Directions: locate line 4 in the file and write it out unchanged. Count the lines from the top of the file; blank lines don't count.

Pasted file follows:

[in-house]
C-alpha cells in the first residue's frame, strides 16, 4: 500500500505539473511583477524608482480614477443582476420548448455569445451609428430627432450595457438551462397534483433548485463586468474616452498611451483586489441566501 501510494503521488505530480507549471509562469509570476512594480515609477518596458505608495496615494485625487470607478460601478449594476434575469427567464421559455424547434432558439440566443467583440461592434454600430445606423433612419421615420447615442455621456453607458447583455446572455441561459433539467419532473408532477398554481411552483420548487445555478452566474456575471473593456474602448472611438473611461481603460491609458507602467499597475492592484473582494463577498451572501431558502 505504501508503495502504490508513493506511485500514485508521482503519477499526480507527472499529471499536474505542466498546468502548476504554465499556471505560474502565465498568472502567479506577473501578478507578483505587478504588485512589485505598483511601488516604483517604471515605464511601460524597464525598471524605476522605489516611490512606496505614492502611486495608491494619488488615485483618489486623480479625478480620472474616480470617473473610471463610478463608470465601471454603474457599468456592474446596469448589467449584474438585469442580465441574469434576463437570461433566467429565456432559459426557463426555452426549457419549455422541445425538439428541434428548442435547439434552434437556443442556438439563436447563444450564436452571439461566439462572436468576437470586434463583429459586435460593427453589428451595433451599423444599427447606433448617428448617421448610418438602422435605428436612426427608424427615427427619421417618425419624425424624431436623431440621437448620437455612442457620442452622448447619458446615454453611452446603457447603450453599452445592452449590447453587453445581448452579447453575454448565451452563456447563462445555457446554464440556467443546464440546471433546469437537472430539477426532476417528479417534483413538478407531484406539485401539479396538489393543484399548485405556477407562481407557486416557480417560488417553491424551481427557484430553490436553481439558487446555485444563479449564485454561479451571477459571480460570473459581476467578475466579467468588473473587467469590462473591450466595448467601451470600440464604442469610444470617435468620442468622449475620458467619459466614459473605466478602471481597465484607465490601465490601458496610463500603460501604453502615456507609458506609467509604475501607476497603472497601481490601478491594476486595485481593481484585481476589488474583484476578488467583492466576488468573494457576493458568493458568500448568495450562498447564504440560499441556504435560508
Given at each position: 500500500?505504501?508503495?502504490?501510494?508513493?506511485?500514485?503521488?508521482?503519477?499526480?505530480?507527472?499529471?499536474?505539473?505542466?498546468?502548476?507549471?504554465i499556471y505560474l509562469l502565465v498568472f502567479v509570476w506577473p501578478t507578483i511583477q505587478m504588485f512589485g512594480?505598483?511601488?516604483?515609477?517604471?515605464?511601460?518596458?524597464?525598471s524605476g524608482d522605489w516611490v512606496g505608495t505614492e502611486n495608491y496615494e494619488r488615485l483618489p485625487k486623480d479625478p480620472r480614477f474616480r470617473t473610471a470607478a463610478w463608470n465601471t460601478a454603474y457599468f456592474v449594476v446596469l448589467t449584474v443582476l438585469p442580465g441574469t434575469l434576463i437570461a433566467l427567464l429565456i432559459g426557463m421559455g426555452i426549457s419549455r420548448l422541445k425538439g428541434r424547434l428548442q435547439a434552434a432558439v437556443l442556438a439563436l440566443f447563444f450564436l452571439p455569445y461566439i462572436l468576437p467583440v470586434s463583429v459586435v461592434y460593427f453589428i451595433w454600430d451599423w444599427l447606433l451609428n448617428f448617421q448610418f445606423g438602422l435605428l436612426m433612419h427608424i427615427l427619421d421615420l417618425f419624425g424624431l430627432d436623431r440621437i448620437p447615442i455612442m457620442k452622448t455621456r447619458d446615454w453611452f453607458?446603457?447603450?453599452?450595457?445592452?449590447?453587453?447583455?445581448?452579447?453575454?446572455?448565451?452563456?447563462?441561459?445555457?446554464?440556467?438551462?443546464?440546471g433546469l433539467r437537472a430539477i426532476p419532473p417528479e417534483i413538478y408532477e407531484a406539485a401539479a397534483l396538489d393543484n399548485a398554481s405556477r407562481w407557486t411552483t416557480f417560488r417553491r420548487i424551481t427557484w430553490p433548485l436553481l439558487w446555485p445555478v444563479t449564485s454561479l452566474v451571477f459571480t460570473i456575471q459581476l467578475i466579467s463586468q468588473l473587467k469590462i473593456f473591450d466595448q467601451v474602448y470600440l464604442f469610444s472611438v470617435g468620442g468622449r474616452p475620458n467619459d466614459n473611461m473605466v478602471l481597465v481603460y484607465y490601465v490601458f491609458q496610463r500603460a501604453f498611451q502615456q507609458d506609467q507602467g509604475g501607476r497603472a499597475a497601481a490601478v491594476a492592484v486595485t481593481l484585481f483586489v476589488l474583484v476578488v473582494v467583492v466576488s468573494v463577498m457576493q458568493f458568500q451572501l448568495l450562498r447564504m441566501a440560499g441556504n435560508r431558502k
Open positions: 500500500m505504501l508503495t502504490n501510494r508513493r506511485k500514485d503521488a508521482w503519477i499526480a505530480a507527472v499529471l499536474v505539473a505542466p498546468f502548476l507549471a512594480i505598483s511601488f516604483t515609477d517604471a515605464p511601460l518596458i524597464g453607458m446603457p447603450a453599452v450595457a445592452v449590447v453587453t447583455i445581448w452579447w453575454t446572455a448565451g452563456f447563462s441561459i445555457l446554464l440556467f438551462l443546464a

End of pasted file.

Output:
Open positions: 500500500m505504501l508503495t502504490n501510494r508513493r506511485k500514485d503521488a508521482w503519477i499526480a505530480a507527472v499529471l499536474v505539473a505542466p498546468f502548476l507549471a512594480i505598483s511601488f516604483t515609477d517604471a515605464p511601460l518596458i524597464g453607458m446603457p447603450a453599452v450595457a445592452v449590447v453587453t447583455i445581448w452579447w453575454t446572455a448565451g452563456f447563462s441561459i445555457l446554464l440556467f438551462l443546464a